Thinking positive!

By Laurie Ripper

What’s so serious it can’t be joked about? The Holocaust comes to mind, and maybe the World Trade Center attacks. But what about the dreaded virus that has killed 40 million people and infects 25 million more?
According to Shawn Decker, even AIDS isn’t immune to mockery. He publicly pokes fun at the disease, but before you accuse him of being politically incorrect, you have to hear his story.
Decker was diagnosed with hemophilia at the age of 2 and contracted HIV through a blood transfusion. When he was diagnosed five years later, he was expelled from his Waynesboro middle school for fear he would spread the infection. 
But that’s all in the past, and Decker is definitely living in the moment (with an undetectable viral load, to boot). He now devotes his life to educating others about HIV/AIDS issues through his website  HYPERLINK "" (a playful term he coined to describe people in his “condition”), speaking tours, and articles he writes for the HIV-oriented magazine POZ.
It’s impossible to talk about Decker without mentioning his “girlfriend, lover, soul mate, and chief antagonist” Gwenn Barringer. She’s a former Miss Virginia contestant who, according to Decker, didn’t win because “this is Virginia, and she does AIDS education. More importantly, she doesn’t sing. Gotta sing to win that crown!”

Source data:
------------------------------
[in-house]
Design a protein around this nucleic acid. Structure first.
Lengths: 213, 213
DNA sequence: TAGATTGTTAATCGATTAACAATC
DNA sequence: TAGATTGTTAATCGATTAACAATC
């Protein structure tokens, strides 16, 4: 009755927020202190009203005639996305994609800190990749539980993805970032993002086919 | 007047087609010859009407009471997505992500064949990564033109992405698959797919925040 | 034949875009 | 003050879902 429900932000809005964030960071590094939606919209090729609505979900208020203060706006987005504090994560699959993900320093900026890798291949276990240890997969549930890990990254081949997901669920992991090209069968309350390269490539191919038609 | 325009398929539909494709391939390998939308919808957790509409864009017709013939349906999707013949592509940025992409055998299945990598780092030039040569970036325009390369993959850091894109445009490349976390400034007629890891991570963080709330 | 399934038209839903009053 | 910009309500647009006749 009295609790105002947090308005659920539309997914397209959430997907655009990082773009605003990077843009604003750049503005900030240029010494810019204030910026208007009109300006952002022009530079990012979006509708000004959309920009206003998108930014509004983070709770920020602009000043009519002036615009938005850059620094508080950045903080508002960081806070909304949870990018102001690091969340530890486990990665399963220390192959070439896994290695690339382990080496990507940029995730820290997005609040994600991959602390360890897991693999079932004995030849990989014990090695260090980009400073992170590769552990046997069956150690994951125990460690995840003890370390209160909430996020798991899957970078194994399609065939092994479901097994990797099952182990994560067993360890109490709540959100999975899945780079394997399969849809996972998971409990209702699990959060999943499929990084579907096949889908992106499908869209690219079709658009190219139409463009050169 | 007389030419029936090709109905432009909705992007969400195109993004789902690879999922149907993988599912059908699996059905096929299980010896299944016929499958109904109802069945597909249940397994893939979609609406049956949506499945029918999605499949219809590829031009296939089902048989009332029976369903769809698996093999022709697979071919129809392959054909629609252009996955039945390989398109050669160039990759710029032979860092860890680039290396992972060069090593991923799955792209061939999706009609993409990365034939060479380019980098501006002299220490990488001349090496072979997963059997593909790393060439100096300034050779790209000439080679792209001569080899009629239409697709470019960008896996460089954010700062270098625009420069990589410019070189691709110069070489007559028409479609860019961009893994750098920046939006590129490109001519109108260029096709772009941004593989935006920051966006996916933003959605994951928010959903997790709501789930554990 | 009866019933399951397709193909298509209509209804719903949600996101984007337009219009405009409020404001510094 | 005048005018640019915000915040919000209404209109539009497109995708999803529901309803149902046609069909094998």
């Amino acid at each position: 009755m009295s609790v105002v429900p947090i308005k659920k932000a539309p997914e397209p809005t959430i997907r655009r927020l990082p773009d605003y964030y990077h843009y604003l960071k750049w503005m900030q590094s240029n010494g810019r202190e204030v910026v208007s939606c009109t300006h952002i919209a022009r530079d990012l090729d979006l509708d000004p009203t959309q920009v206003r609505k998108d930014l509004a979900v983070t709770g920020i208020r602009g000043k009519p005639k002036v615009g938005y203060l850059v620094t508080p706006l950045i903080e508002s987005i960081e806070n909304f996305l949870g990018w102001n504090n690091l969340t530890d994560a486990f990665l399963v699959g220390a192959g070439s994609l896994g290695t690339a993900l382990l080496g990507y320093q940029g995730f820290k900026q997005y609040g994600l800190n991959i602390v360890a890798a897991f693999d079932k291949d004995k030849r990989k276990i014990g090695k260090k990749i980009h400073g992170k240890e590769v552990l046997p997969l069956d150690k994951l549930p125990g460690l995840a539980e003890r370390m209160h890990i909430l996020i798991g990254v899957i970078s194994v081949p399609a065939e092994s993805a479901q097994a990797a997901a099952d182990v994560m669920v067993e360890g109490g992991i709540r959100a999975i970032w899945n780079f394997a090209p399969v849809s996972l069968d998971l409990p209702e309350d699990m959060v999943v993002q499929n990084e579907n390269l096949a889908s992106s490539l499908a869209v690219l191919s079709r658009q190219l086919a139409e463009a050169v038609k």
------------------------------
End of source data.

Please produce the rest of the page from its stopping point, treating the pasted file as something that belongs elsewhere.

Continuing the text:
Decker had to learn to love the whole pageant thing, and Barringer still can’t seem to swallow Decker’s passion for professional wrestling. But that’s not all they don’t have in common: he’s infected, she’s not.
They tour the country giving talks at colleges about “A Boy, a Girl, a Virus, and the Relationship That Happened Anyway.” They average about 15 talks a semester with a great response from the audience thanks to their exuberant style– and it probably doesn’t hurt that the couple is extremely easy on the eyes.
A huge synthpop fan (he got to meet his favorite band Depeche Mode back in 1990, thanks to the Make-A-Wish Foundation), Decker is working on his own music, a project he calls Synthetic Division. You can sometimes catch him playing at Tokyo Rose’s Goth Night.
He’s now working on a book tentatively titled My Pet Virus, which he describes as “a compilation of morbidly humorous stories about growing up in rural Virginia, getting diagnosed with HIV and the hilarity that has ensued since.”
This man is so terminally upbeat it’s hard to imagine he has any worries, but he does: he’s currently trying a new AIDS treatment, a seven days on/seven days off plan, to counter the negative effects of his medication. He welcomes the respite, but there’s the danger that his viral load could multiply quickly on his days off.
And then there’s the less expected concern. “How can I be happy about being accepted, when I wonder how my godparents, who are gay and living with AIDS, are being treated?” Decker wonders.
“The stigma I deal with is preferential treatment because I was infected as a child. It may sound stupid that being treated better than others is a problem,” he says, “but it is.”

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